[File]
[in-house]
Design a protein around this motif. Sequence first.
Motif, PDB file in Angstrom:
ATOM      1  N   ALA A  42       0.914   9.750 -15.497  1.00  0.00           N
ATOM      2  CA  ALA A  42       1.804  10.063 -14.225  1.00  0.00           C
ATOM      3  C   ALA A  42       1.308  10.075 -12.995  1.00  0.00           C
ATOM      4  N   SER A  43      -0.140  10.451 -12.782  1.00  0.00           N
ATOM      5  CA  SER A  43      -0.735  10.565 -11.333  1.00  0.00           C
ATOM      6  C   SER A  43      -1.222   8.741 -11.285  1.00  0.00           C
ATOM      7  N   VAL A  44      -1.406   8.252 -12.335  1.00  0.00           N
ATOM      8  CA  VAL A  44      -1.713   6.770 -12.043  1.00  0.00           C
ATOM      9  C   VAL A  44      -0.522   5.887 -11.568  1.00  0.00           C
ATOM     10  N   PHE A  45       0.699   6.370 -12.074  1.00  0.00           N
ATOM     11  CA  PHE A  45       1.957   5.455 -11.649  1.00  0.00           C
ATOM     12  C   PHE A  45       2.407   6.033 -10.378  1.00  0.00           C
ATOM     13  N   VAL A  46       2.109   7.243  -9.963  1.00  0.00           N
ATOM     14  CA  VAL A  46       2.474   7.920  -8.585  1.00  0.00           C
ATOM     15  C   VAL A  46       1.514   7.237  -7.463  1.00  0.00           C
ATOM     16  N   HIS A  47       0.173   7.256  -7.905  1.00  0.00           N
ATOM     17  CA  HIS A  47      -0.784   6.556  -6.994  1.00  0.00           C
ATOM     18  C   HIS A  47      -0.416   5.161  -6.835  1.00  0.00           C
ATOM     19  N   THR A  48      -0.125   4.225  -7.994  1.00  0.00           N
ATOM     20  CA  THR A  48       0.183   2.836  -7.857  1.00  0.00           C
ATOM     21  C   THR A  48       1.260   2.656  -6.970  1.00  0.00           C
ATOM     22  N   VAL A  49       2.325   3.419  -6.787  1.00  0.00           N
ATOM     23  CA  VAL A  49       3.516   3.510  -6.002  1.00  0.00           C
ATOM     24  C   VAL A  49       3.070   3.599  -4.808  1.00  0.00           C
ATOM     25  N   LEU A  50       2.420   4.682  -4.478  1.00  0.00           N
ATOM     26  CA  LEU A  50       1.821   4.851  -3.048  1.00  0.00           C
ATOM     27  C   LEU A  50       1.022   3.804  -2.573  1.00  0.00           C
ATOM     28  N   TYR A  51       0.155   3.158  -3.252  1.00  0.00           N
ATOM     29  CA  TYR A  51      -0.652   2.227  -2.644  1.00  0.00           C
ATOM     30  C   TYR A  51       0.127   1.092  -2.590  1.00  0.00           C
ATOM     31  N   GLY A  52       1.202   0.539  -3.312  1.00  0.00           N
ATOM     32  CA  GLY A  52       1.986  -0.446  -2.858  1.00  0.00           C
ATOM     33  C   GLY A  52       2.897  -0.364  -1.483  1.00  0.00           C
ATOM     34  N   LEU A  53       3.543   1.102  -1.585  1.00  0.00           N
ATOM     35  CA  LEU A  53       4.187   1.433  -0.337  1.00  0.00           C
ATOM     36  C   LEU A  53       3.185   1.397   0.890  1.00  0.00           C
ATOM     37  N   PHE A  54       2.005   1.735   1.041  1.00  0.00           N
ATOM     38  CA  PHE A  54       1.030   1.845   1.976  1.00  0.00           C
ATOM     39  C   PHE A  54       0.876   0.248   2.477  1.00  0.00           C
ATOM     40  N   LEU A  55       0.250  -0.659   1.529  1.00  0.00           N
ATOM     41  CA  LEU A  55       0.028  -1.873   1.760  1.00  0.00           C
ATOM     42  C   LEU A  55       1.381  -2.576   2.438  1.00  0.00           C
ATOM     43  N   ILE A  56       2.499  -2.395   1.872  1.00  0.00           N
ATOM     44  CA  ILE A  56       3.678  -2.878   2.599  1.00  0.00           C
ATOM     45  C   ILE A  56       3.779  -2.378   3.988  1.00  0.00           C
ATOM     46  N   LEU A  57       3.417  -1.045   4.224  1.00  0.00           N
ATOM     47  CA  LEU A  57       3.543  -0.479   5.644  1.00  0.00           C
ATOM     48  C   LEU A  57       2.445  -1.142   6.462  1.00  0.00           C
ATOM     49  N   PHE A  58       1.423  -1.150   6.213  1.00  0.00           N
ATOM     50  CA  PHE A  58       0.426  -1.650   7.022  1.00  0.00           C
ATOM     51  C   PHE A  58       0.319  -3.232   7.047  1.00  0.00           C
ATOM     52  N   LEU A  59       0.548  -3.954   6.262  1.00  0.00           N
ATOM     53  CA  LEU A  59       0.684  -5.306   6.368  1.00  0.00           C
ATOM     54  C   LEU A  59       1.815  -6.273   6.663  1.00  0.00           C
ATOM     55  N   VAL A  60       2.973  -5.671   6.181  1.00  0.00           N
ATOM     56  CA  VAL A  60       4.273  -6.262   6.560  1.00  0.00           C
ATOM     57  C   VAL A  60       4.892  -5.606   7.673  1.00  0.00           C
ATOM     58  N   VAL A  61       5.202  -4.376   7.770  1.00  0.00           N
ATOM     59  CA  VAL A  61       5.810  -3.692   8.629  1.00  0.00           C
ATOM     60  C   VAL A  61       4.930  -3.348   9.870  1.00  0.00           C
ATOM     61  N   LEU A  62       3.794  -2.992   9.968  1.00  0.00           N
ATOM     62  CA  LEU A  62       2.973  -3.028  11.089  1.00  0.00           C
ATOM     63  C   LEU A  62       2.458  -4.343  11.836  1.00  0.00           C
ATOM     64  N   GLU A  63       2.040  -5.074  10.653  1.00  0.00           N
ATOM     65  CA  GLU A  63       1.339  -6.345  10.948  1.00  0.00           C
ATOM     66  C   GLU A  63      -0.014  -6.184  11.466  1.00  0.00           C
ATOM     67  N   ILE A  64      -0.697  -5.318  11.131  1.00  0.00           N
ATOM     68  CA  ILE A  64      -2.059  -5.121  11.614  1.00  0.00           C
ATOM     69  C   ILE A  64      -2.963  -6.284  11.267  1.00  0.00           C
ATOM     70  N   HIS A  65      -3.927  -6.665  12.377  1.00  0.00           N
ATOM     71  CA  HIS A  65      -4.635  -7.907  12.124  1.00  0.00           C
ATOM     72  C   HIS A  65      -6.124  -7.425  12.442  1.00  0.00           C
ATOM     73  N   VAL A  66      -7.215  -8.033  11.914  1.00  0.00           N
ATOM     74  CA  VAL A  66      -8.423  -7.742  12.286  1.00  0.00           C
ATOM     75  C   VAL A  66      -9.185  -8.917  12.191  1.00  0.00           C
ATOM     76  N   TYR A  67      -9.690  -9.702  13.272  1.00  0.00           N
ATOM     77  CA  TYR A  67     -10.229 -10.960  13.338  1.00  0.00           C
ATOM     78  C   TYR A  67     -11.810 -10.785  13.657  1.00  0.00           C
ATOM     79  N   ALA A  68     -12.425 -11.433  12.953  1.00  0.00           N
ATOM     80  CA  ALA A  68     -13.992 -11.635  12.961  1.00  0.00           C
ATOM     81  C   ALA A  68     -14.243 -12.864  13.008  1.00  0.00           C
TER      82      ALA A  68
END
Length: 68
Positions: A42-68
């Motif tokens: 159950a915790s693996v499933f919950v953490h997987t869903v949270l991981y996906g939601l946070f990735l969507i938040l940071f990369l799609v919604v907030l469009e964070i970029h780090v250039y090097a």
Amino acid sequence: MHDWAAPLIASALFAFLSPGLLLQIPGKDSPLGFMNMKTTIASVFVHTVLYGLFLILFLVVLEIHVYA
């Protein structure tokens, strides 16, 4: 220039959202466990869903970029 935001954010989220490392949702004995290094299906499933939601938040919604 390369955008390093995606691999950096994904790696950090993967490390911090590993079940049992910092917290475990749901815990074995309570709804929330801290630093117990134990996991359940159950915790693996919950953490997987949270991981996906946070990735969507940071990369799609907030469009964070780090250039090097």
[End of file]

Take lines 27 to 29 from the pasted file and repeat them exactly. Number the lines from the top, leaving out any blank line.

ATOM     24  C   VAL A  49       3.070   3.599  -4.808  1.00  0.00           C
ATOM     25  N   LEU A  50       2.420   4.682  -4.478  1.00  0.00           N
ATOM     26  CA  LEU A  50       1.821   4.851  -3.048  1.00  0.00           C